Walton involved a 64-year-old retired bookkeeper whom the defendant had followed for a block after she came out of a bank. He caught up with her, pulled a bank pouch out of her arms without touching her and ran away. He was charged with robbery, but argued that he was guilty only of theft, which required a showing of intentionally taking and carrying away movable property of another without consent and with intent to deprive the owner permanently of possession of such property, in violation of Wis. Stat. § 943.20(1)(a). He denied he was guilty of robbery in violation of Wis. Stat. § 943.21(a), arguing that the statute defines `robbery" as taking property with intent to steal it from the person or presence of the owner" by using force against the person of the owner with intent thereby to overcome his physical resistance or physical power of resistance to the taking or carrying away of the property."
The state supreme court gave defendant's argument short shrift, saying that his actions met the requirements for the crime of robbery because he took the victim's property "by force and in such a manner as to overcome any physical resistance or power of resistance by the victim." Walton, 64 Wis.2d at 42, 218 N.W.2d at 312. In support of its conclusion, the court quoted 67 Am. Jur. 2d, Robbery, p. 43, sec. 21:
Although actual force, as distinguished from constructive force, implies personal violence, the degree of force used is immaterial, so long as it is sufficient to compel the victim to part with his property. Any struggle to maintain the property, any injury to the victim, or any resistance on his part that requires greater counterattack to effect the taking, is ordinarily regarded as sufficient to satisfy the requirement. The same is true if the force used, although insufficient actually to frighten the victim, surprises him into yielding.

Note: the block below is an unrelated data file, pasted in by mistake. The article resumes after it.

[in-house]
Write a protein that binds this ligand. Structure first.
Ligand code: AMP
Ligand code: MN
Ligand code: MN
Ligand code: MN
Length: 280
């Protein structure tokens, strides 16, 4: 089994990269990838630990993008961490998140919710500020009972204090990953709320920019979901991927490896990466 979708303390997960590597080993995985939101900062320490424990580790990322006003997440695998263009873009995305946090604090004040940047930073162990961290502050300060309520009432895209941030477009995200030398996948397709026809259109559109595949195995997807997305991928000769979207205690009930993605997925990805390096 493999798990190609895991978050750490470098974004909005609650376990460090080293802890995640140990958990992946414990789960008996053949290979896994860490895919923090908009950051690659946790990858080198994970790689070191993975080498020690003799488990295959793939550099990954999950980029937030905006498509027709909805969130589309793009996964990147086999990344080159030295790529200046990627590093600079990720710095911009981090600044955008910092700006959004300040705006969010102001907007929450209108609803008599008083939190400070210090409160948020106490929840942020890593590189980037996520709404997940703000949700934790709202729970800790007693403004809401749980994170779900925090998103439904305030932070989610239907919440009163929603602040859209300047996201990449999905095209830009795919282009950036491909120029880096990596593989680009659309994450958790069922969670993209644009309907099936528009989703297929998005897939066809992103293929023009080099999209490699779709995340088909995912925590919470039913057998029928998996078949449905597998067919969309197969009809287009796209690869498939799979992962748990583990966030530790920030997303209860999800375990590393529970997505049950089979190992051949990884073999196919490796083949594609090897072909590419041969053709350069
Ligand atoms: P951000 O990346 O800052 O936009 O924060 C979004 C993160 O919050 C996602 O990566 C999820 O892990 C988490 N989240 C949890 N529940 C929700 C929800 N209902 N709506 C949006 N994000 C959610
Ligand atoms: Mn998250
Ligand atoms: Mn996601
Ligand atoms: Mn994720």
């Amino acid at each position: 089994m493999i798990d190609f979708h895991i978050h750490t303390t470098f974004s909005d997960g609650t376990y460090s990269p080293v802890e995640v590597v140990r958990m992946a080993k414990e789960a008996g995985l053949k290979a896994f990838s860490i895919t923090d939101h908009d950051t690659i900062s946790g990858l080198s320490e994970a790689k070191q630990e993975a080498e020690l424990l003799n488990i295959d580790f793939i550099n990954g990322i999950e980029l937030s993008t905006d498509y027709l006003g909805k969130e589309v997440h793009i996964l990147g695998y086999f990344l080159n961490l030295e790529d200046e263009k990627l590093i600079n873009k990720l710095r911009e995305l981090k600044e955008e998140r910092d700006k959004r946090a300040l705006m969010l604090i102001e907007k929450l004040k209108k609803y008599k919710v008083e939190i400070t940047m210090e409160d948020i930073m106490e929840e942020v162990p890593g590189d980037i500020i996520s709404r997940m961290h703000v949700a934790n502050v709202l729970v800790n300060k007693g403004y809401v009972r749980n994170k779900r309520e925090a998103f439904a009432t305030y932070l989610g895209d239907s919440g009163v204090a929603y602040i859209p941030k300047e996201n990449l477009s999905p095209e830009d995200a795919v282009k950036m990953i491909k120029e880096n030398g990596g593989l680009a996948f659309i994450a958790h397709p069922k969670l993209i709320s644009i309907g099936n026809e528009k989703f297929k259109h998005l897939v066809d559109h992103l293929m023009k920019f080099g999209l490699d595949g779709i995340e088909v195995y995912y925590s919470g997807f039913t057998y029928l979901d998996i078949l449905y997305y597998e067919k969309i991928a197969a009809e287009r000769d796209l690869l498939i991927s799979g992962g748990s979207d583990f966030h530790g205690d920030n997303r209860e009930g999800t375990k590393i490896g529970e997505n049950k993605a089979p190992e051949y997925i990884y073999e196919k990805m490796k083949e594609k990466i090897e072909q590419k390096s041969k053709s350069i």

See also State v. (Vladimir) Walton, 114 Wis.2d 597, 338 N.W.2d 529 (Ct.App.1983) (unpublished) (state court of appeals held that defendant was properly charged with robbery in violation of § 943.32(1)(a) when he snatched bank bag from victim without touching her).
In two recent cases, the District Court for the Eastern District of Wisconsin has held in well-reasoned opinions that Wisconsin convictions for robbery under Wis. Stat. § 943.32 do not qualify as violent felonies under § 924(e)(2)(B)(i). Stewart v. United States, 191 F.Supp.3d 923, 2016 WL 3024114 (E.D.Wis. May 25, 2016); Robinson v. United States, 188 F.Supp.3d 857, 2016 WL 3059764 (E.D.Wis. May 24, 2016). As that court noted, "[s]tates are of course free to define their robbery offenses any way they want, see Gardner v. United States, [823 F.3d 793, 804 (2016) ], but federal law supplies the definition of `violent force.'"
As Wayne LaFave points out in Substantive Criminal Law § 20.3(d)(1) (2015), the "great weight of authority supports the view that there is not sufficient force to constitute robbery when the thief snatches property from the owner's grasp so suddenly that the owner cannot offer any resistance to the taking." Despite this "great weight of authority," several states besides Wisconsin categorize a taking as forcible even in the absence of actual or threatened physical violence. In United States v. Parnell, 818 F.3d 974 (9th Cir. 2016), for instance, the court found that" the force required by the actual force prong of robbery under Massachusetts law does not satisfy the requirement of physical force under § 924(e)(2)(B)(i)`force capable of causing physical pain or injury to another person.'" Id. at 979 (citing Curtis Johnson, 559 U.S. at 140, 130 S.Ct. 1265). The Massachusetts law required no resistance by the victim: "[S]o long as the victim is aware of the application of force that deprives him of his property ..., the requisite degree of force is present to make the crime robbery," id at 978-79. See also United States v. Gardner, 823 F.3d 793 (4th Cir.2016) (North Carolina common law robbery did not necessarily include use, attempted use or threatened use of force capable of causing pain or injury to another person and therefore did not qualify as violent felony under Armed Career Criminal Act).